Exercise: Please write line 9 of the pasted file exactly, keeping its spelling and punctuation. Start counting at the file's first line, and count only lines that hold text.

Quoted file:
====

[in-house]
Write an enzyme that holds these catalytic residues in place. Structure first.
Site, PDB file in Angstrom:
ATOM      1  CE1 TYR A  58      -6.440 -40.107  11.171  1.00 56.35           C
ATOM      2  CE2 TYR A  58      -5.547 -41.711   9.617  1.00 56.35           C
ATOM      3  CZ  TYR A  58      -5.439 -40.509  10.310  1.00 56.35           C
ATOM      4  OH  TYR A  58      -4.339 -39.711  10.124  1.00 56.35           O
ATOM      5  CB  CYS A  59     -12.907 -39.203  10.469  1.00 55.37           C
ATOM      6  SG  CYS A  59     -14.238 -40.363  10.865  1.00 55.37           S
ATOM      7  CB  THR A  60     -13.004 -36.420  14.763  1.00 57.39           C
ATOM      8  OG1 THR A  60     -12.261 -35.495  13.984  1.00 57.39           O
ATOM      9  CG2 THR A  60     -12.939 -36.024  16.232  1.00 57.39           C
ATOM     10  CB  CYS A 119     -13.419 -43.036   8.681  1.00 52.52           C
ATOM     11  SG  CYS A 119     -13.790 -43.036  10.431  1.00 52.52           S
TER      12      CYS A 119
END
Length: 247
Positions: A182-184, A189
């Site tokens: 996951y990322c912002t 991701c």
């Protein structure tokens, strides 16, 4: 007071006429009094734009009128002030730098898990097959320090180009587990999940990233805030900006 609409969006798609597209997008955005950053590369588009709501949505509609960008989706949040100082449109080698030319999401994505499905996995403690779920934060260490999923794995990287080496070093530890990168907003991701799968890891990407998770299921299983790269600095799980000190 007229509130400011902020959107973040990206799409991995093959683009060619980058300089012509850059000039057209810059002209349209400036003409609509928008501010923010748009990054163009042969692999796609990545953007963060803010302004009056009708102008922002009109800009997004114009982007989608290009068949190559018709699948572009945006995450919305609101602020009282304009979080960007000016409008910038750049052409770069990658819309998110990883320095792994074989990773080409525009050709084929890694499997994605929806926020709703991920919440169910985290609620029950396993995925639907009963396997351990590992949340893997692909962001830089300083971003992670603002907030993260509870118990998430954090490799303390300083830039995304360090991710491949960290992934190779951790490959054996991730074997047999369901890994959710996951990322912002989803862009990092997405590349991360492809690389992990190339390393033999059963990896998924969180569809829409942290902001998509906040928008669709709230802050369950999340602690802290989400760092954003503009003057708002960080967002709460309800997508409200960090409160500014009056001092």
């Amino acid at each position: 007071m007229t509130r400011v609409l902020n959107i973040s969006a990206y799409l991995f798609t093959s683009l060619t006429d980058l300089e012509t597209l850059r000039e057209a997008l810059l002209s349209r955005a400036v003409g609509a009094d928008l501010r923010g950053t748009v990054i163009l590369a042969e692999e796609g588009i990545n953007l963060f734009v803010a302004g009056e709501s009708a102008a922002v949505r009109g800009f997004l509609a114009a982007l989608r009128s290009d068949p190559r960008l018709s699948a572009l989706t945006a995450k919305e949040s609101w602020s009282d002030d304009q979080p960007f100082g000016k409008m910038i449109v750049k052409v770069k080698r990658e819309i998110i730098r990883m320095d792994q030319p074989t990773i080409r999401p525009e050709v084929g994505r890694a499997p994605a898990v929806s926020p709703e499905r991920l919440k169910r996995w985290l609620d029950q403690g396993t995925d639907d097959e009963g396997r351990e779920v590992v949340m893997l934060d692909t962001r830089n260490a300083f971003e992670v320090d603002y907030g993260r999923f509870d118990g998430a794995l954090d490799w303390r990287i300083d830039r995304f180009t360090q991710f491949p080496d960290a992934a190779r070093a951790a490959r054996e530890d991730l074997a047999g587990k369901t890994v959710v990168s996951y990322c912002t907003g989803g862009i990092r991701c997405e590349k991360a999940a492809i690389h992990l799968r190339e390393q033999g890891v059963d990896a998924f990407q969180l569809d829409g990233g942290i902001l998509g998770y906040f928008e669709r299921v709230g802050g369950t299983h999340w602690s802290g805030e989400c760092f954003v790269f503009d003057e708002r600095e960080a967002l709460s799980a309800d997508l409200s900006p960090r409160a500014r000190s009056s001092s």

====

ATOM      6  SG  CYS A  59     -14.238 -40.363  10.865  1.00 55.37           S